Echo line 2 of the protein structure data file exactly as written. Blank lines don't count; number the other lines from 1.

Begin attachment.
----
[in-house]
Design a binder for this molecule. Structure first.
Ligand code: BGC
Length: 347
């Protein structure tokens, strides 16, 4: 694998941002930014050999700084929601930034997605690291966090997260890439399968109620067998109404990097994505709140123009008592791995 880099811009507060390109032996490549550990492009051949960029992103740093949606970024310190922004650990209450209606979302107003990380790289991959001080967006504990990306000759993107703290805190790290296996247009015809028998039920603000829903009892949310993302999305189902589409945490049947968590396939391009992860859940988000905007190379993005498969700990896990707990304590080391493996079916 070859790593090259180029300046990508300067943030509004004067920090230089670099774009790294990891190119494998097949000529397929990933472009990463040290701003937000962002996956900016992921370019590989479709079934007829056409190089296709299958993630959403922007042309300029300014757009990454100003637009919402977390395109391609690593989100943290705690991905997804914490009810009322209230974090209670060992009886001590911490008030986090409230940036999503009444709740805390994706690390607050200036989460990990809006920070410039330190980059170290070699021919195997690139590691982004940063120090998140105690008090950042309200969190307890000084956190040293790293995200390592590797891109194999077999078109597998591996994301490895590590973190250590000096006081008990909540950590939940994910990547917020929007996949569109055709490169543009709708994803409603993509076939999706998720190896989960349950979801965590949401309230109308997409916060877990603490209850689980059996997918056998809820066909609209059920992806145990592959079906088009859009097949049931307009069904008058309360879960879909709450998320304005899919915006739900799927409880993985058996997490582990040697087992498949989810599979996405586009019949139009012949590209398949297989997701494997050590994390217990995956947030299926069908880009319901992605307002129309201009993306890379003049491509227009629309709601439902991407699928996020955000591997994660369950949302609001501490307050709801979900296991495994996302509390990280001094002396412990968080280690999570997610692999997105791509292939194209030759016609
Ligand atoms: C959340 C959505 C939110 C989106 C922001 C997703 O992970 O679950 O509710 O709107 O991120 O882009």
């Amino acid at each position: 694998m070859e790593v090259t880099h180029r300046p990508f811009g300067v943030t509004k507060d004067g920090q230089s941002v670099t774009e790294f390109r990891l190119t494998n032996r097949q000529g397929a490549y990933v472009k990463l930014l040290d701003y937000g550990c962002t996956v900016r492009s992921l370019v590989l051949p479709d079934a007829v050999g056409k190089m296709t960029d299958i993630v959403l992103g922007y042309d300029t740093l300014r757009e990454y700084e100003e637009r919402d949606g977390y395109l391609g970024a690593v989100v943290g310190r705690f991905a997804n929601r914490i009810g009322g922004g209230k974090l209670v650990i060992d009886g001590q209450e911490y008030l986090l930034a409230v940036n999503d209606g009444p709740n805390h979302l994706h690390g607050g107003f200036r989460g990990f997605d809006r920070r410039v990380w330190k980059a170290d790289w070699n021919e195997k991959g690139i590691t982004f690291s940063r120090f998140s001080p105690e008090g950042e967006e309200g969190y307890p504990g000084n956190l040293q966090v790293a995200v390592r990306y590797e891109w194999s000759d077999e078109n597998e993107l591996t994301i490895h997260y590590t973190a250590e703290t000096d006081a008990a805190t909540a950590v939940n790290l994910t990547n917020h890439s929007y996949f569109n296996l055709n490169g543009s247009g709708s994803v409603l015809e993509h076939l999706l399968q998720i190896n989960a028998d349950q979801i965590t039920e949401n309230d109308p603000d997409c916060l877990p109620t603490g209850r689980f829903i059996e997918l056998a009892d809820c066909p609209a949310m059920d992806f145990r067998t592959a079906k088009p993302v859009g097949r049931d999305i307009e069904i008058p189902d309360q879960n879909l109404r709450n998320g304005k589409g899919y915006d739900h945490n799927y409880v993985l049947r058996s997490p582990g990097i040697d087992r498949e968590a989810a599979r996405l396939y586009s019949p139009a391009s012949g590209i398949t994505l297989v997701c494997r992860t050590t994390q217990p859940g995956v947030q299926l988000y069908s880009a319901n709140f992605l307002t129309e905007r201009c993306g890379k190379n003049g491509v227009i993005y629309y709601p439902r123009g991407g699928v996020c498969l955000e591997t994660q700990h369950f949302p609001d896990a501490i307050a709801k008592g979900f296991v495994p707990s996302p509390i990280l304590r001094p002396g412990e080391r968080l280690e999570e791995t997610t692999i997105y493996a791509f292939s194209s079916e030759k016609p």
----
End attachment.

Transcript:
Design a binder for this molecule. Structure first.